This Asiana First Class Suite Review is part of a trip report covering luxury travel in northern Thailand and Siem Reap, Cambodia. For the prior post on JFK lounge access when flying Asiana First Class, please see SWISS Lounge JFK Terminal 4 Review. In terms of the product, I knew what to expect, since I flew Asiana First Class earlier this year, on our way back from a fantastic stay at Amanjiwo, and after Asiana Business Class from Bangkok to Seoul.
Asiana First Class Seat Selection on the 777-300ER
On the 777-300ER, Asiana First Class has 8 enclosed suites in 1-2-1 configuration in rows 1 and 2. Originally I was booked into 2G, since the 2nd row window seats were taken and the 1st row was blocked. That said, I was able to change my seat to 1K at the airport, and also change the seating for my husband and son for their flight the following day.
All the seats are the same in terms of dimensions, but I and most passengers prefer window seats if traveling solo. And even if traveling with a partner, if one of you prefers a window, there's no reason why you shouldn't book a window and middle seat across the aisle from each other, especially since you can dine together by sitting across from each other, one of you on the ottoman.
The seat controls are via touchscreen, and while I prefer to have both manual and touchscreen seat controls, at least on the 3 Asiana first class flights my family has taken, there haven't been any issues with the touch screen seat controls.
There's convenient storage space underneath the ottoman; just remember that this space isn't accessible once you make the bed.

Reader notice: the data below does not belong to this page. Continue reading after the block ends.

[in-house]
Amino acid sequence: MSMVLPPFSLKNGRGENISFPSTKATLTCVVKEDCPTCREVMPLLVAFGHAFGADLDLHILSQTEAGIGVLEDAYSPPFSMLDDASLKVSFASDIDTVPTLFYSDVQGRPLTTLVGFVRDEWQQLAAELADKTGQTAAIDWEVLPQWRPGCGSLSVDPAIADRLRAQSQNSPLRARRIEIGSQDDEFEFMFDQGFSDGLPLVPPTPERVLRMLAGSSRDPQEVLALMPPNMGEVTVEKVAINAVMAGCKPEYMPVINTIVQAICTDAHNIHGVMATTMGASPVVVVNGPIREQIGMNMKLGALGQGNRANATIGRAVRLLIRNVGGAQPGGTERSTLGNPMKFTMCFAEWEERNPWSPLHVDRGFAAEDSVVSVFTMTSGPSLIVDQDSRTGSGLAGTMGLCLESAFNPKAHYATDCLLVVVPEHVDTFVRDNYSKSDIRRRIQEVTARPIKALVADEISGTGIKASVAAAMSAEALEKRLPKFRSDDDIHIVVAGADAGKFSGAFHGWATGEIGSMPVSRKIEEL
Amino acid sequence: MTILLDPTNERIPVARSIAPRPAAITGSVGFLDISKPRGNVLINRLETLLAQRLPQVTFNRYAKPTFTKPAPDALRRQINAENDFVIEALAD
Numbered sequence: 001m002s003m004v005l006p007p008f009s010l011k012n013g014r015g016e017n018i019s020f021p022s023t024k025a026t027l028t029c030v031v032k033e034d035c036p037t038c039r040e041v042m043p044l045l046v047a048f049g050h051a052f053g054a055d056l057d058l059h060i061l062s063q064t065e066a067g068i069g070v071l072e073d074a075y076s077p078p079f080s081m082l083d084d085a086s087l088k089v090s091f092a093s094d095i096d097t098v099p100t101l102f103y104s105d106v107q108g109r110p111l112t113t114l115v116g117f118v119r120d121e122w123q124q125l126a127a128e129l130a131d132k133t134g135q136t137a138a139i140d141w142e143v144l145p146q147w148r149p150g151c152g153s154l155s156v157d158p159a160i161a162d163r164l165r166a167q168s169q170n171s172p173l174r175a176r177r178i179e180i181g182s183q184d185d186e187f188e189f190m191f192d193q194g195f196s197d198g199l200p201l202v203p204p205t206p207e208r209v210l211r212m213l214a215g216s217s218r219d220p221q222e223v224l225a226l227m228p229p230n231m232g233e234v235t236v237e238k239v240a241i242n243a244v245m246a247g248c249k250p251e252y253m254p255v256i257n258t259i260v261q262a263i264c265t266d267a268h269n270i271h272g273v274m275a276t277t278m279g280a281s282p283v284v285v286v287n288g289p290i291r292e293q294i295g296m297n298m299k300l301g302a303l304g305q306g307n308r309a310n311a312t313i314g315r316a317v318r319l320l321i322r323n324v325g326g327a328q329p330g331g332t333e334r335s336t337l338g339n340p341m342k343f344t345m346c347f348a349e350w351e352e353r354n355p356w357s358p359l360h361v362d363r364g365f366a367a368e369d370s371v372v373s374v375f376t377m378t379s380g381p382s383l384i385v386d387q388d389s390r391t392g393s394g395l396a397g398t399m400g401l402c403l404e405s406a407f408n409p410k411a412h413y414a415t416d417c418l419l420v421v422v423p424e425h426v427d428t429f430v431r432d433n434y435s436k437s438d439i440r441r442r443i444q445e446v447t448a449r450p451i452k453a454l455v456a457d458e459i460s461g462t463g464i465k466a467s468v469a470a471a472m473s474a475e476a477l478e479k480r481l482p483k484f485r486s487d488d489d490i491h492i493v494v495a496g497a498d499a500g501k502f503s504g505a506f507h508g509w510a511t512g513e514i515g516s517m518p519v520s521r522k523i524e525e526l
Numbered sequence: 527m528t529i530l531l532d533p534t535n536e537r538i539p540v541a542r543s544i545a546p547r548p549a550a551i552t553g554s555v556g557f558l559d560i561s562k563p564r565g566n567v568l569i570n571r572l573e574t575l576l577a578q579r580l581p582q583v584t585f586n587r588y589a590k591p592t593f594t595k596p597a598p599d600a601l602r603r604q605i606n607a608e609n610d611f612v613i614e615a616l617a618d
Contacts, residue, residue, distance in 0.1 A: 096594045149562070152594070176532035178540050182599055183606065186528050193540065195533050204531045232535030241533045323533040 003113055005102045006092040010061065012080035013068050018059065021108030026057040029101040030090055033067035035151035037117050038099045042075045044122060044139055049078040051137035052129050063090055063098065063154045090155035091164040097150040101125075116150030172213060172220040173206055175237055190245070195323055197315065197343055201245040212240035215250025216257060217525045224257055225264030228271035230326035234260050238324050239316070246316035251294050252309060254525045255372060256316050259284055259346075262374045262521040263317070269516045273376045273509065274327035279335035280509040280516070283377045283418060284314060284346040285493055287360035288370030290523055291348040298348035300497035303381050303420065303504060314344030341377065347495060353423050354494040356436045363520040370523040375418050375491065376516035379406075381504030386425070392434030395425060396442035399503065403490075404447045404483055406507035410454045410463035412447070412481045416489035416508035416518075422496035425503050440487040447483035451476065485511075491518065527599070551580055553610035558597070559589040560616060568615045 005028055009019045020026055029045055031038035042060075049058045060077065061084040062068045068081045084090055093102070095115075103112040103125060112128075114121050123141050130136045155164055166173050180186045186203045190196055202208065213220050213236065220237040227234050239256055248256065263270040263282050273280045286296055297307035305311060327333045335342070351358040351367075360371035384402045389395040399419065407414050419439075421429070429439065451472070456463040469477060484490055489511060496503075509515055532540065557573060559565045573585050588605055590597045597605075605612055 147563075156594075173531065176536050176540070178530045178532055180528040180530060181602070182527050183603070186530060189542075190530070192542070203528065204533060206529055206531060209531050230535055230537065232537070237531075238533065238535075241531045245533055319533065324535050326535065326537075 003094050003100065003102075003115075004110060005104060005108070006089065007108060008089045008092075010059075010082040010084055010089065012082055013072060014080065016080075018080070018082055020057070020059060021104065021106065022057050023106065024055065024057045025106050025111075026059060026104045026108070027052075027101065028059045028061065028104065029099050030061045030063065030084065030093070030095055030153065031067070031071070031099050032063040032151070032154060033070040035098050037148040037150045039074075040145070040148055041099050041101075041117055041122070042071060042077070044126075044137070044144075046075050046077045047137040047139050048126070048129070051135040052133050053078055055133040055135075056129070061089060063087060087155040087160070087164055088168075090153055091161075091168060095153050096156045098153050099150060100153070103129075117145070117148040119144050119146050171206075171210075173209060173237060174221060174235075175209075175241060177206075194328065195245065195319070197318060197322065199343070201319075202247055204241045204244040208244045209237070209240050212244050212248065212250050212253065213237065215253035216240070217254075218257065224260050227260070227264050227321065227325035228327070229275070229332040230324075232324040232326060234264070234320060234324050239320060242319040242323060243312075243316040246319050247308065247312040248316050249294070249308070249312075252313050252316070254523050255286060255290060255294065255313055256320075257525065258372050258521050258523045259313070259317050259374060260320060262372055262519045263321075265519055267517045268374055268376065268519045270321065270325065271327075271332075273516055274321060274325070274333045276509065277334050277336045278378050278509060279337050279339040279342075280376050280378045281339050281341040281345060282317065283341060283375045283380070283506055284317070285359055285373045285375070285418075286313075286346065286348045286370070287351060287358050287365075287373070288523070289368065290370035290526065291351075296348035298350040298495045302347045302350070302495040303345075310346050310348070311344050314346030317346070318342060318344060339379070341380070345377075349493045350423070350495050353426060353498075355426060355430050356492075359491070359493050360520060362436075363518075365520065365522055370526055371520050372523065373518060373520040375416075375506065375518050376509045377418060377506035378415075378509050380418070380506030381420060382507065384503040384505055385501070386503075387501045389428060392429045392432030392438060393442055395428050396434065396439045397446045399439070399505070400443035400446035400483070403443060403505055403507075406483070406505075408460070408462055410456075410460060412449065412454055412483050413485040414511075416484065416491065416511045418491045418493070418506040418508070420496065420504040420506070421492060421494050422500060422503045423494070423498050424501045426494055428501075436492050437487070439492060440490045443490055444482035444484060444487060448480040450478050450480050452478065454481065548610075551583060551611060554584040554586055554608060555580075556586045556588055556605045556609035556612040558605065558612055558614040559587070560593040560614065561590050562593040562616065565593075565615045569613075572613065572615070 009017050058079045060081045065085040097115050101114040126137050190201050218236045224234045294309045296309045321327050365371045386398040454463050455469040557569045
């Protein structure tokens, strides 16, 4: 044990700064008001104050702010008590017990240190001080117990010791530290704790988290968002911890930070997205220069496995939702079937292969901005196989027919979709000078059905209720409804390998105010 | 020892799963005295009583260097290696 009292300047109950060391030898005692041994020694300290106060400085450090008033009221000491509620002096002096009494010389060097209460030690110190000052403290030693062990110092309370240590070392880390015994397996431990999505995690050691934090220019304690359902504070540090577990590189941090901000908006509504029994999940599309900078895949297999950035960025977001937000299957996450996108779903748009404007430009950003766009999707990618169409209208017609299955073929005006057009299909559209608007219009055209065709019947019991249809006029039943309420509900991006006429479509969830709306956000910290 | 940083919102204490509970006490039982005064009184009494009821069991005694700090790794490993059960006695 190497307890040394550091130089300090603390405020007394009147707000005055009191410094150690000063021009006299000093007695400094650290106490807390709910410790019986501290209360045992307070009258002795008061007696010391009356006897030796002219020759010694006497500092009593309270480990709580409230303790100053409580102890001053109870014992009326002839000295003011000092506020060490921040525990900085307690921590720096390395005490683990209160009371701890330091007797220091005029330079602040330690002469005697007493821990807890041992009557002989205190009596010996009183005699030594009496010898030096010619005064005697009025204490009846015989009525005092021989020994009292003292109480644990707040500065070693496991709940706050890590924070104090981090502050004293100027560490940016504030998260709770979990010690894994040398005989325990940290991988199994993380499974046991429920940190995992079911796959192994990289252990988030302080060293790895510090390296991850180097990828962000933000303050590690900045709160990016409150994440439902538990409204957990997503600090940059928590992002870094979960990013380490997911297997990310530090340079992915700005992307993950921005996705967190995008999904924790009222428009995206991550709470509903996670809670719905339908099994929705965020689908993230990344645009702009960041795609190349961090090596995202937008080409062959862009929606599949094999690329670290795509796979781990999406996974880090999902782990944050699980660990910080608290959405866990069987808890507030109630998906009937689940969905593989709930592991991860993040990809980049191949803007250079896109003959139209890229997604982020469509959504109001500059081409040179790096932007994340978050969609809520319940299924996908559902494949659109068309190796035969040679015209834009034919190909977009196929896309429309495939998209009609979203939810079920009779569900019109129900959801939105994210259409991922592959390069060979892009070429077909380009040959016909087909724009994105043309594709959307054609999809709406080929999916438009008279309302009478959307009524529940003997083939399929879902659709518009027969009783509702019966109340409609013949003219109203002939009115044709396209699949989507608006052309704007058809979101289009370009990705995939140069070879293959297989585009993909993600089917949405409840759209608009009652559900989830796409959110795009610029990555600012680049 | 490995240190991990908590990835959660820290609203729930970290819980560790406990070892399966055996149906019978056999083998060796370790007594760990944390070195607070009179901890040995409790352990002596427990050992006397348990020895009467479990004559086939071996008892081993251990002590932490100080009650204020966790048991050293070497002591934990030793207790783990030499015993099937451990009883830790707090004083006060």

For items you want to keep within easy reach, including when the seat is reclined into a fully flat bed, there's a compartment on the right. I was happy to see there was already a bottle of water there, since staying hydrated on long flights can be a challenge.
While it's something I personally don't care much about since I tend not to use the IFE much, Asiana First Class Suites do offer one of the larger high definition screens: 32 inches.
Asiana supplies Bose Noise Cancelling headsets, an expected amenity for first class.
Asiana First Class Pajamas and Amenity Kit with Bulgari Products
Asiana's first class pajamas are in a beige color, in keeping with the neutral color scheme of the first class seats, although the top has some visual interest from the gold thread design woven into the fabric. They are of a thicker material than most first class pajamas and have stood up well to multiple washes at home. While not as stylish for women as Etihad First Class pajamas, they do make good loungewear, except that the pajama bottoms are rather short in the leg–more like culottes, on me at least.
Asiana's amenity kit with plenty of Bulgari products is one of my absolute favorites. In addition to a toothbrush/toothpaste kit and comb, it includes a number of Bulgari products with its white tea fragrance: a scented moist towelette, facial cream, hand cream, body lotion, after shave lotion, lip balm and perfume. Perfect to bring with you, in case your hotel's bath products are underwhelming.
There were also red Asiana slippers:
Asiana First Class Menu and Food
Prior to departure, we were offered a pre-flight drink. I opted for pineapple juice, and a dish of mixed nuts was brought with it:
On my last Asiana First Class flight I sampled the Western menu, which was excellent, so on this occasion I decided to go with primarily Korean menu options.
Here's the Korean Lunch Menu for my flight from NYC JFK to Seoul ICN:
And here's the Asiana First Class Western Lunch Menu:
The dining table, which was on the right arm rest and pops up after you depress it, was nicely set for lunch, with a red carnation. Not quite the romantic touch of a Lufthansa First Class red rose or the elegance of an orchid adorning your seat for the entire journey as in Cathay First Class, but a flower is always a welcome touch.
The first starter was Gingko Nut and Dried Date, and perhaps I just don't have the correct Korean tastebuds, but I didn't care much for it.
I enjoyed the Turnip Vegetable Roll, the second starter, more, as it included some nice fresh crab meat.